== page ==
Old Oaks

Young oaks, fresh-leafed

uniformed
in naive acorn pride
stand tall in single file
guardians in memoriam

of those who died

– in Time –

gnarled with salt of tears
whorled in winds of sorrow
and furrowed with fires of rage
young grow old

in a different
age

toward the light, away from fear

with deferential bow
to a
Callery Pear


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26 thoughts on “Old Oaks

  1. Beautiful, sad, moving. The most telling image for me is the ‘young grow old in a dfifferent age.’ That’s a shame. It makes me feel quite teary thinking about it. Very well written.

    • Thanks, Selma – my hope for the children of this world is that they do indeed grow up in a different age – one of peace and enlightenment as far as war, hatred and fear goes

    • Thanks, Nancy – I loved the simplicity of the memorial design and the quiet there within the bustle of downtown Manhattan. Once the trees grow, I think it will become even more of a sanctuary

  2. Fantastic poem that needed to be written. We all need to move ‘toward the light, away from fear’. I love the contrast you have utilised between the stanza with the young trees (uniformed etc.) and the next stanza. I watched a show that followed some people who had lost parents/partners etc., in 9/11 and it was amazing that over time (the 10 years), they got their lives back together and had come to a level of peace and acceptance, even about the ‘enemy’.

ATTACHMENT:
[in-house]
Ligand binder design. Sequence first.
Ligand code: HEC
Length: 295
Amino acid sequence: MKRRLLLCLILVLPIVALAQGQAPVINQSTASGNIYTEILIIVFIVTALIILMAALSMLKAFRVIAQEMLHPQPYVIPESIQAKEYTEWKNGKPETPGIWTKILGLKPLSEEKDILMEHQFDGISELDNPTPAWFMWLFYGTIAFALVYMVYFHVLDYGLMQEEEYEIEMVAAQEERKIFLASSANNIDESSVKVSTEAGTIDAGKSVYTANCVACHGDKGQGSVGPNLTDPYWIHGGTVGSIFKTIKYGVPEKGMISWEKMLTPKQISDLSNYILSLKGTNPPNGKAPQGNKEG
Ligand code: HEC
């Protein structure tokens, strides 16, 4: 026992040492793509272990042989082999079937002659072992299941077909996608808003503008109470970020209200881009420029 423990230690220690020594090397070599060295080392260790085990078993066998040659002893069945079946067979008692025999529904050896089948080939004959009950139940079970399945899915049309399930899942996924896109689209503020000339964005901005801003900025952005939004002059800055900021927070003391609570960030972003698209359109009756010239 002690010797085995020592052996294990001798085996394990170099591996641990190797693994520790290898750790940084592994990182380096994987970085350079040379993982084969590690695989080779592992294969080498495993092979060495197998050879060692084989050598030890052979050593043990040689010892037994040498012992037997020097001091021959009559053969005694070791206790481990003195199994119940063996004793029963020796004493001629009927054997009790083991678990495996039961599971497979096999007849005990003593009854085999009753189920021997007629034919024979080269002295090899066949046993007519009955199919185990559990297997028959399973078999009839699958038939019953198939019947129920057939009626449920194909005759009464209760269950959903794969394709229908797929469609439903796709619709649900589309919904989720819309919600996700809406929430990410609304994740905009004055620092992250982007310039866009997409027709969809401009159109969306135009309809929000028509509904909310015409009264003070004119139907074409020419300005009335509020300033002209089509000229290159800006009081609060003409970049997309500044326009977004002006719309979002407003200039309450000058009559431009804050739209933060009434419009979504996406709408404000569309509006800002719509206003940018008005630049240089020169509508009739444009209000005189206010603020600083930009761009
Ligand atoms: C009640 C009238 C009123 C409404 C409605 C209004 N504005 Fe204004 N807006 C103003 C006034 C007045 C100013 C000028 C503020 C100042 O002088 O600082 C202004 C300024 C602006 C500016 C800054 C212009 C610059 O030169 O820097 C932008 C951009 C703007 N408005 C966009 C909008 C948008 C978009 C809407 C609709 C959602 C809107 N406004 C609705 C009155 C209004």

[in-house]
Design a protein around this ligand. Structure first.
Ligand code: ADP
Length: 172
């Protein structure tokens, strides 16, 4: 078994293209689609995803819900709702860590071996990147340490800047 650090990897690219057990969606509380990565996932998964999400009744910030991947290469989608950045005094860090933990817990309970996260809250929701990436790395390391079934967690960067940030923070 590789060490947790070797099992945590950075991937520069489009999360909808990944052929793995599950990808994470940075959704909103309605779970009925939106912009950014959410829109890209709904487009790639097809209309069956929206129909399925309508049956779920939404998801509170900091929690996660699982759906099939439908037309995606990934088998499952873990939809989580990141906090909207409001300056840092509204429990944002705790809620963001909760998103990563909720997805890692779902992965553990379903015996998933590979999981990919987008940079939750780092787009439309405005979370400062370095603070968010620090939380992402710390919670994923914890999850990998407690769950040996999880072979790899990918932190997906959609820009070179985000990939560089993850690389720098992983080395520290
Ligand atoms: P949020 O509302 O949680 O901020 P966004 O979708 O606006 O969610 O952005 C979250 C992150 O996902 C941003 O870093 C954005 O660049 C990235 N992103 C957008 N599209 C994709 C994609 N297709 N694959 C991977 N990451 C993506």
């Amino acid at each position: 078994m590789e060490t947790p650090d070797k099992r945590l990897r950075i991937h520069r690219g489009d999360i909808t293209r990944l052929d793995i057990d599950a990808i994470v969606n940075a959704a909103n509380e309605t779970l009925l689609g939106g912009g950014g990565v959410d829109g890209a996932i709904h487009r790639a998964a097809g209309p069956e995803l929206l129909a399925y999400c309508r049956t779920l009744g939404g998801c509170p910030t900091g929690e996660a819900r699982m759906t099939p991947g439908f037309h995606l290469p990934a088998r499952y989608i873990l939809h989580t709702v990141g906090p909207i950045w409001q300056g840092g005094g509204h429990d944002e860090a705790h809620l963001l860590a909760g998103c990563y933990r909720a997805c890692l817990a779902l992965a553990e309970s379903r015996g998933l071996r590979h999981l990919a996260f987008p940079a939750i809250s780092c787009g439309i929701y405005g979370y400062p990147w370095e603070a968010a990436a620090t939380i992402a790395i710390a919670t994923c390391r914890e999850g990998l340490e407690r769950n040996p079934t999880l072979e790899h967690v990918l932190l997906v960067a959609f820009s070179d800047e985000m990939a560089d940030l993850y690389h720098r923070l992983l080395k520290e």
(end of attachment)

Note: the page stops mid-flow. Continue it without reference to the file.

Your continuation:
• Thanks, Gabe – that documentary you talk of (‘Rebirth’) was a stand-out in a anniversary month of really depressing 9/11 documentaries on TV – like you say, the fact that they filmed the people over a period of 10 years really brought home the power of time as healer – a very positive commentary with a strong message of hope and acceptance – very interesting.

  3. Thanks BB. I didn’t realise that oak trees were planted around the memorial.
    A very moving tribute, BB. Being a New Forest lover, I particularly relate to your description of growing old in another age. But don’t we all do that? At 74, that’s how I am beginning to feel.

  4. Trees always add so much as a memorial, bb, and this one was special, ‘she’ was saved, somehow, nurtured and has grown,… showing how there is always a chance of life after tragedy.., Wonderful tribute poem my friend. xPenx

    • 92 nationalities represented in the people who died in this terrible event, Don and as you say, years of anguish for survivors and those who lost their loved ones. War is terrible and utterly futile – it solves nothing

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